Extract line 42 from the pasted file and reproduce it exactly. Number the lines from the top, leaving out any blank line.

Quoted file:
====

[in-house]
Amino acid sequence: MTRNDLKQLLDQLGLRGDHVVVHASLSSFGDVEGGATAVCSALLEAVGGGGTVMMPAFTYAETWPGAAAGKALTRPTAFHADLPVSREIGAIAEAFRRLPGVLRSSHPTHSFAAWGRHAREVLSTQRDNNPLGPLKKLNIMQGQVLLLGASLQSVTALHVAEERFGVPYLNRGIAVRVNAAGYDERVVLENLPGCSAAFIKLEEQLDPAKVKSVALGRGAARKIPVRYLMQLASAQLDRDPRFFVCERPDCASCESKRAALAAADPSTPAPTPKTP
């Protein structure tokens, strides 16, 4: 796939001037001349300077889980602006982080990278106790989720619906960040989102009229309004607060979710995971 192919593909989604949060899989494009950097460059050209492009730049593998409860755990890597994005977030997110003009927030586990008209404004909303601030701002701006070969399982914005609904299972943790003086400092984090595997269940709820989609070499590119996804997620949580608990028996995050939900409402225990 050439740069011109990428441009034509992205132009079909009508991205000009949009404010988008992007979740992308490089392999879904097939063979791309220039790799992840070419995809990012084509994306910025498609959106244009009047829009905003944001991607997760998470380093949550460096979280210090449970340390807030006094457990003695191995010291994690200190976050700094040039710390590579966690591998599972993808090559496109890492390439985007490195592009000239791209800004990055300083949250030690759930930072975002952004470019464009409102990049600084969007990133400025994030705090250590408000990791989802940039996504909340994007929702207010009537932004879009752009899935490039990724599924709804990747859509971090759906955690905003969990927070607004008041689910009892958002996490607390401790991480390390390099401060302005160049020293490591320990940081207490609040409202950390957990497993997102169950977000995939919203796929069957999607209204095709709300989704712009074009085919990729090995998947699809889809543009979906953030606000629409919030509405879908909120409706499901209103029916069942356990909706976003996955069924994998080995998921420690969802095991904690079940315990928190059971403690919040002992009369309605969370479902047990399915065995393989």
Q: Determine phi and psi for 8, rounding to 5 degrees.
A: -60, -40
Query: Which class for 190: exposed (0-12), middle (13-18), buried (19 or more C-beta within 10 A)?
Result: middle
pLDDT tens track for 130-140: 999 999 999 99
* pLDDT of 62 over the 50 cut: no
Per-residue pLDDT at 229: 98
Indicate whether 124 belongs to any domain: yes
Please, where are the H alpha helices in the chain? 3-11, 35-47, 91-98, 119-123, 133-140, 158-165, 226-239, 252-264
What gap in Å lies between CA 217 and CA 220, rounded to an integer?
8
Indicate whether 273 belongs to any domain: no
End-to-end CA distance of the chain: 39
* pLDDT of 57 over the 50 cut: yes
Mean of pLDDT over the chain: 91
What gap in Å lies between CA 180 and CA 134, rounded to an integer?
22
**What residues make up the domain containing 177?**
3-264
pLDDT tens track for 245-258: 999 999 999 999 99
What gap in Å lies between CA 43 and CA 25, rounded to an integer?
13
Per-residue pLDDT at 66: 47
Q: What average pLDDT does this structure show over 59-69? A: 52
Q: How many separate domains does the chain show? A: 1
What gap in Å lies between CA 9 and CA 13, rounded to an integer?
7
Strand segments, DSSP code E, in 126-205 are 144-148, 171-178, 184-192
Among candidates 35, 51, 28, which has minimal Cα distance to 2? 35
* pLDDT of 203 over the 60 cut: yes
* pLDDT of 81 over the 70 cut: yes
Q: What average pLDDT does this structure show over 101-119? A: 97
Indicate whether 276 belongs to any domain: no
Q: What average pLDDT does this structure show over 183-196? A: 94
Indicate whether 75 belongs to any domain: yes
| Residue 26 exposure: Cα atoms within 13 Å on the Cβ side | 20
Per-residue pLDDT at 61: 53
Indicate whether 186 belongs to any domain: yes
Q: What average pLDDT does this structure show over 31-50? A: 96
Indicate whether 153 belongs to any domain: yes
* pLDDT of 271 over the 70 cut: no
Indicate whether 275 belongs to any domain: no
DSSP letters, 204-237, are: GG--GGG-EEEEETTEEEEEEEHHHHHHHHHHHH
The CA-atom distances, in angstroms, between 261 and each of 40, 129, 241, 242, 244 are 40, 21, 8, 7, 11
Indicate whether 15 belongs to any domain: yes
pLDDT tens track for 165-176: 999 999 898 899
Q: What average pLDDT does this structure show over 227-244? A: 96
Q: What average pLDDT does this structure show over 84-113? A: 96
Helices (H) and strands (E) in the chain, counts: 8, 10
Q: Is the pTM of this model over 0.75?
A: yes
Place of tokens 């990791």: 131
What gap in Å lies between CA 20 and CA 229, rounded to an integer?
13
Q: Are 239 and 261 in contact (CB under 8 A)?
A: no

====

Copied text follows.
Q: What average pLDDT does this structure show over 31-50? A: 96